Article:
Most of my friends are teachers. My wife teaches grade 7 and 8. I feel that I am a strong advocate for teachers and I did whatever I could for the teachers I worked with while I was an administrator at four elementary schools over a twelve-year period.
I feel I need to put this right out in front when writing about the topic of hiring and seniority.
I know this is a very thorny issue, especially in Ontario where government regulations have restricted who school boards can hire based on seniority. I am taking part in a debate on Voiced Radio this morning on this topic, so I am using my blog today to prepare for this session.
While I write, I am also checking out a Twitter conversation on seniority and hiring. Here is one comment that gets to the point – a hard thing to do using Twitter!
As an outsider, I can’t help but feel there should be a middle ground. I’m instinctively uncomfortable with the idea that you get hired because it’s your turn. But I also see scope for abuse in a free for all situation
The writer is not an educator, he is a concerned parent and he makes a great point. While the old way of hiring was open to abuse, do we really make things better by putting in place an arbitrary system that blindly imposes limitations on school board when it comes to hiring talented people?
School boards are terrified of teacher unions so there is no way to get around regulations that are negotiated between boards and the government. They know to do so risks legal action. So boards and more specifically principals follow the mandated hiring practices without criticism.
If I was still a principal I wouldn’t be writing this. Criticizing provincially mandated hiring practices, no matter how ill-considered is a really good way to get you sanctioned by your employers.
If you have read my blog, you know that I have a big problem with large public institutions, school boards in particular. Unions are big organizations as well and while they do great things for their members, they are susceptible to the same foibles as school boards.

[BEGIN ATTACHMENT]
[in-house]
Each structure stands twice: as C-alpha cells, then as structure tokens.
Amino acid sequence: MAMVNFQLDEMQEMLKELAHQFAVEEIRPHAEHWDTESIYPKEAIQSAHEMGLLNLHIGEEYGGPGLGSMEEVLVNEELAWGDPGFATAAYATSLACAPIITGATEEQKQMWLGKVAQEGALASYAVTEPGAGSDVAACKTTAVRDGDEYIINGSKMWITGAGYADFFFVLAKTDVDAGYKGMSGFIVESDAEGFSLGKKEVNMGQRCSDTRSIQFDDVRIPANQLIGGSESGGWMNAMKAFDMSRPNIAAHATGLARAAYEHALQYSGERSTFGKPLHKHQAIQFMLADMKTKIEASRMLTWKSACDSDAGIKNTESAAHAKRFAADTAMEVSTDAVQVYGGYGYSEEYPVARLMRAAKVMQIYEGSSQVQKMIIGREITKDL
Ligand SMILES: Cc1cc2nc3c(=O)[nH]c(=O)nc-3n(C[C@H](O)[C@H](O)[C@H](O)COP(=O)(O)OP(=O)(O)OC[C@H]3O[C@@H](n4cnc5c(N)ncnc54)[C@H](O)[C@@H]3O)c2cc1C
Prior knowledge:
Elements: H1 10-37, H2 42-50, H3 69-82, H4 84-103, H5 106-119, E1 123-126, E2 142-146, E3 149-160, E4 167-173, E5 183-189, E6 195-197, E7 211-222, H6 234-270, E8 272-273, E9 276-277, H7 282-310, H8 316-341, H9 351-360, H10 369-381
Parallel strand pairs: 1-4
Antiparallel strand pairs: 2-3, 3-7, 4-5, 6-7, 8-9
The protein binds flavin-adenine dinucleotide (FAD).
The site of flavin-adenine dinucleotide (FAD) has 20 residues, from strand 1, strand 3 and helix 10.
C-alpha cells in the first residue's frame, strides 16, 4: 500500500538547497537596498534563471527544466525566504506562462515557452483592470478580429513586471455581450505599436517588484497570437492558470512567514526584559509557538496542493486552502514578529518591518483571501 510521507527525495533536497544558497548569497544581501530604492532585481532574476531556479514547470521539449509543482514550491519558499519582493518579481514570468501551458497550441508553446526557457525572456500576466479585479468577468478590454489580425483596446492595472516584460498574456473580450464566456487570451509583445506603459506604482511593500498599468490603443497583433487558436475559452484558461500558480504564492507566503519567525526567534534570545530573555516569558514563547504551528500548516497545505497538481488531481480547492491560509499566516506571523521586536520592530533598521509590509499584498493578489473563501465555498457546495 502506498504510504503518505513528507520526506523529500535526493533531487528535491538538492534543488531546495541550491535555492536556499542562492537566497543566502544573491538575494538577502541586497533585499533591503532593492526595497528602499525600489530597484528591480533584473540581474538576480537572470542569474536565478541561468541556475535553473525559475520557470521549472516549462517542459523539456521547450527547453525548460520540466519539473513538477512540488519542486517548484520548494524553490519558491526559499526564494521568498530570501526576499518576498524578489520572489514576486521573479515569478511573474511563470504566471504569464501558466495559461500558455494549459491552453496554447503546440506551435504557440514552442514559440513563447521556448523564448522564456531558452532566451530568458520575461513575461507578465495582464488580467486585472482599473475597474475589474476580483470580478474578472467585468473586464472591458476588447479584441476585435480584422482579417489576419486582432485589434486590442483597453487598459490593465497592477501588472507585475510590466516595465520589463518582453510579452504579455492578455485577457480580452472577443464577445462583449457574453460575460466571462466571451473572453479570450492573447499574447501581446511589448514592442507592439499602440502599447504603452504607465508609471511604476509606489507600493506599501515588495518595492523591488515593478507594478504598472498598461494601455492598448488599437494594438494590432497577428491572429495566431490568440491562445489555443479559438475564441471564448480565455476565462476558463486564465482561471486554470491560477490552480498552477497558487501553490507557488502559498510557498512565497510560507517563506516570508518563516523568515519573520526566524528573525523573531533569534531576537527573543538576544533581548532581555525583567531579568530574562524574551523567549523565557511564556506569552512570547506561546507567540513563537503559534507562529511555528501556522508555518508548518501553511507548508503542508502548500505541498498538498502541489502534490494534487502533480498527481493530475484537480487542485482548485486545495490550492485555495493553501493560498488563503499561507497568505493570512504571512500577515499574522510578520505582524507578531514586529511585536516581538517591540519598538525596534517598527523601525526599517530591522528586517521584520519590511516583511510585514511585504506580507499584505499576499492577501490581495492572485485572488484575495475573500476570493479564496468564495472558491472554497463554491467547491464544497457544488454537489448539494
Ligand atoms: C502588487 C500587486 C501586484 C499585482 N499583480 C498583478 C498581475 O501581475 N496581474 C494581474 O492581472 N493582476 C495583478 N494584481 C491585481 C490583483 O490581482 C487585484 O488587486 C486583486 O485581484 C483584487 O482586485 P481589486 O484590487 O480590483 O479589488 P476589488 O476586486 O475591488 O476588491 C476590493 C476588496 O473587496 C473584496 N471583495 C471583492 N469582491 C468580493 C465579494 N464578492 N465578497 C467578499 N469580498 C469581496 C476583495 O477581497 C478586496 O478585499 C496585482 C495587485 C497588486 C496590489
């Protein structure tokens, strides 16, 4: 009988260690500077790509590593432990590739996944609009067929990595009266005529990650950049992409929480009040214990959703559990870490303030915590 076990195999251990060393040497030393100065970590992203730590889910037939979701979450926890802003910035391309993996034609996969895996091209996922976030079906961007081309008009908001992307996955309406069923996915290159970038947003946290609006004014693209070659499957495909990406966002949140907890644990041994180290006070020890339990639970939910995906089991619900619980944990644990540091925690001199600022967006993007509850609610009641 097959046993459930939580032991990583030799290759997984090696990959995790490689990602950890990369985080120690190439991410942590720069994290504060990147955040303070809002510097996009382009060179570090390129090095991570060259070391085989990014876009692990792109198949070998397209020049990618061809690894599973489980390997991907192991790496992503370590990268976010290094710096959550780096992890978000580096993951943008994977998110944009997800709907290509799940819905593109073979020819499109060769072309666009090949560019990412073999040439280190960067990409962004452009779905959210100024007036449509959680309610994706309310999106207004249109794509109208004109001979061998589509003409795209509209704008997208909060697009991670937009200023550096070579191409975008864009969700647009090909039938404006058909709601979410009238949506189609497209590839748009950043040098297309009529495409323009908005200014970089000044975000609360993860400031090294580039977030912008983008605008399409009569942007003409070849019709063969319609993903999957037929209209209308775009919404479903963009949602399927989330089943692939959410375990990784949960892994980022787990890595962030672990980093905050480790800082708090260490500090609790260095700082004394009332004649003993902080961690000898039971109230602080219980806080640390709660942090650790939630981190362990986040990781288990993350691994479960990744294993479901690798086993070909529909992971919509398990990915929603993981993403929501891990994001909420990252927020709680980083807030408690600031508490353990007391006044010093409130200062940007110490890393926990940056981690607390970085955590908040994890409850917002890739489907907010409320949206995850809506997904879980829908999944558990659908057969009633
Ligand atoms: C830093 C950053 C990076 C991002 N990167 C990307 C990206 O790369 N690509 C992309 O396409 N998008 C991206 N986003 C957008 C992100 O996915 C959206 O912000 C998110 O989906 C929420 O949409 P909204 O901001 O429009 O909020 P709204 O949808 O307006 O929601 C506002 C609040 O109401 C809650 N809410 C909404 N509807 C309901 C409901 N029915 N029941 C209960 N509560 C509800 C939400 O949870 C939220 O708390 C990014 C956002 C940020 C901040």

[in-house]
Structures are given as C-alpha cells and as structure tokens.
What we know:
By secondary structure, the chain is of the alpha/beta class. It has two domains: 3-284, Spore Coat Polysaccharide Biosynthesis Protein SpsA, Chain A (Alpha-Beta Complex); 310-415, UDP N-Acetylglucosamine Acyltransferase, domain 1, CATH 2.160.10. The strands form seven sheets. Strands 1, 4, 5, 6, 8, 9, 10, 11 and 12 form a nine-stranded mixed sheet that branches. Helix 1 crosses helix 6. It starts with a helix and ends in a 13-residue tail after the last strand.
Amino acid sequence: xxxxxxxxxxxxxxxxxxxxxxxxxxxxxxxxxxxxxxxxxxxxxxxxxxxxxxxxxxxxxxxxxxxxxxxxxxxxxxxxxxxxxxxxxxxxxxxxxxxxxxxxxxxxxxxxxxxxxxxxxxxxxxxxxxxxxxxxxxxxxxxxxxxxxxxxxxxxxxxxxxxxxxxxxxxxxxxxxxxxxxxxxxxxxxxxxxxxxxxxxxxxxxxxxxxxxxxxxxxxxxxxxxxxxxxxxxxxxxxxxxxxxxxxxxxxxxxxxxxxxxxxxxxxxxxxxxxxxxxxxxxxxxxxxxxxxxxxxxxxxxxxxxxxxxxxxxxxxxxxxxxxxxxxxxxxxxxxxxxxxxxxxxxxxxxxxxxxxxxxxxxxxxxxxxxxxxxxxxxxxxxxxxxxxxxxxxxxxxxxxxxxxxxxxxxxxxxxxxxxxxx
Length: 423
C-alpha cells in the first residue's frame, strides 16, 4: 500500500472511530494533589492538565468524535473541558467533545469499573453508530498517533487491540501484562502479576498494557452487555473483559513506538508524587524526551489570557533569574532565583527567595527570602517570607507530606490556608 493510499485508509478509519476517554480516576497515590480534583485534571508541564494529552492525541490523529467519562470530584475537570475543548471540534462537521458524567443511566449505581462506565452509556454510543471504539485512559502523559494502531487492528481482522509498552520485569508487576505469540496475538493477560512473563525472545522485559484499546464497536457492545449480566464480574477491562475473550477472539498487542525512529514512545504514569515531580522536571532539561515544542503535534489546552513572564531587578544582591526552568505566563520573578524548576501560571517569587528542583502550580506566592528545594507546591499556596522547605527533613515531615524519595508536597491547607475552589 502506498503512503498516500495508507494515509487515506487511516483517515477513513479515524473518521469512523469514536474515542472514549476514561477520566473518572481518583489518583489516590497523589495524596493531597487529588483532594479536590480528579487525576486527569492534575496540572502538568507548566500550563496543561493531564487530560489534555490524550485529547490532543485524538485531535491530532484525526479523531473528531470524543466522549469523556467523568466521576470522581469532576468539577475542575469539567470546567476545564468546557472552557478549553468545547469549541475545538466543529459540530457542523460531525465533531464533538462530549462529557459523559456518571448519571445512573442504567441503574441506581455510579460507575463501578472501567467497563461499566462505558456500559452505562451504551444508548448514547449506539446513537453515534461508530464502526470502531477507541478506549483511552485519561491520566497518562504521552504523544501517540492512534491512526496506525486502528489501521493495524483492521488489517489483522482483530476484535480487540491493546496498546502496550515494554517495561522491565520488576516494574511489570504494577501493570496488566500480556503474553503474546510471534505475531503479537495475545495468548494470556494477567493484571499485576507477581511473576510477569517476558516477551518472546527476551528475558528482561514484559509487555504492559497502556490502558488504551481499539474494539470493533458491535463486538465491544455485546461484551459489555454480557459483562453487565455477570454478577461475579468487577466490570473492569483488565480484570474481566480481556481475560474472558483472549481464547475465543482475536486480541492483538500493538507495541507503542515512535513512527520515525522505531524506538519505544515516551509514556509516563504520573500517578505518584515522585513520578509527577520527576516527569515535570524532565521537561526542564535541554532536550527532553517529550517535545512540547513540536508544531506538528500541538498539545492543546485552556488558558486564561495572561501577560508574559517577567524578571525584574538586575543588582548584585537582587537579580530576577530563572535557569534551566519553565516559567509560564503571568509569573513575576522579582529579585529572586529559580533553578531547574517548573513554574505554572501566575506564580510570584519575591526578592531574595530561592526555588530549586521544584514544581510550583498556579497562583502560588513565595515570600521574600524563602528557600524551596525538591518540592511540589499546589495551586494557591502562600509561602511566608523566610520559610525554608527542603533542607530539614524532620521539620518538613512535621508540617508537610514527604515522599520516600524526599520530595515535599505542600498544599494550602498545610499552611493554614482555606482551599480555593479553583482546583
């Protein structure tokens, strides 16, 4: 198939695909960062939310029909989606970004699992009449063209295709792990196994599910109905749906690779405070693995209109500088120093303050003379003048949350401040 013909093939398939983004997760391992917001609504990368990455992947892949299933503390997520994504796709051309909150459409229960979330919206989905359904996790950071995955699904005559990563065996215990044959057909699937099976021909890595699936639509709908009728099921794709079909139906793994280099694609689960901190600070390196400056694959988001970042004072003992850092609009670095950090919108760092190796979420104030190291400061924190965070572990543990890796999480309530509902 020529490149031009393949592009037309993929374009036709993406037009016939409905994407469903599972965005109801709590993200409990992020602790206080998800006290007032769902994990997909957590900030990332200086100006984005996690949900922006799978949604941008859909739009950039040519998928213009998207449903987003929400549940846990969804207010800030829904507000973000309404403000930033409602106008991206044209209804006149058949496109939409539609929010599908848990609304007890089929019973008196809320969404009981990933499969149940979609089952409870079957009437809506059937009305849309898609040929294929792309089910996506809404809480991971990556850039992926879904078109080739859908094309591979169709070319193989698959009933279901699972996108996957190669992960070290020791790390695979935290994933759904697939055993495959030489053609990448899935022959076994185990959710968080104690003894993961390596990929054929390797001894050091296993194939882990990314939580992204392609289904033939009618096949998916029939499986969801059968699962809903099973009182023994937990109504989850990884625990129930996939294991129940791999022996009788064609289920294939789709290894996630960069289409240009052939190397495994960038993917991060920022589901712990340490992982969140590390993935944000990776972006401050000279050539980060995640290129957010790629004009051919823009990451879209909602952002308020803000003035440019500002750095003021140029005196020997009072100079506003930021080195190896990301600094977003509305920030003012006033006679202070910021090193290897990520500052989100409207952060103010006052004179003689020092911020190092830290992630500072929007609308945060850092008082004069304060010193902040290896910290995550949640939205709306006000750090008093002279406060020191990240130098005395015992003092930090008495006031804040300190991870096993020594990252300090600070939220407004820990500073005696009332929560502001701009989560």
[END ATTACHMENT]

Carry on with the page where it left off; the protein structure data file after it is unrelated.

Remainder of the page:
Unions sometime promote policies that are great for their membership without seeing how these policies do not serve students. In Ontario, they are now using seniority as a blunt instrument to protect their membership. It is blunt and blind. There is no guarantee that you are getting an excellent teacher when you rely on seniority to hire.
Excellence, however, is what we should be demanding from our education system. Our kids deserve it.
The obvious retort that I will be hearing soon will undoubtedly be – well what would you replace it with.
To this, I don’t have a good answer, but that is no reason to make seniority the main factor in deciding who gets to teach our children. Sure there were abuses in the past. People got hired who shouldn’t have. This was because the people who were doing the hiring were abusing the system. It was dishonest and wrong.
But, this is not a good enough reason for developing a policy that is also wrong and protects a particularly privileged group of people.
We need excellent educators and excellent administrators who do not abuse the system. Maybe we get the system we deserve, but I have to argue we could do so much better than this.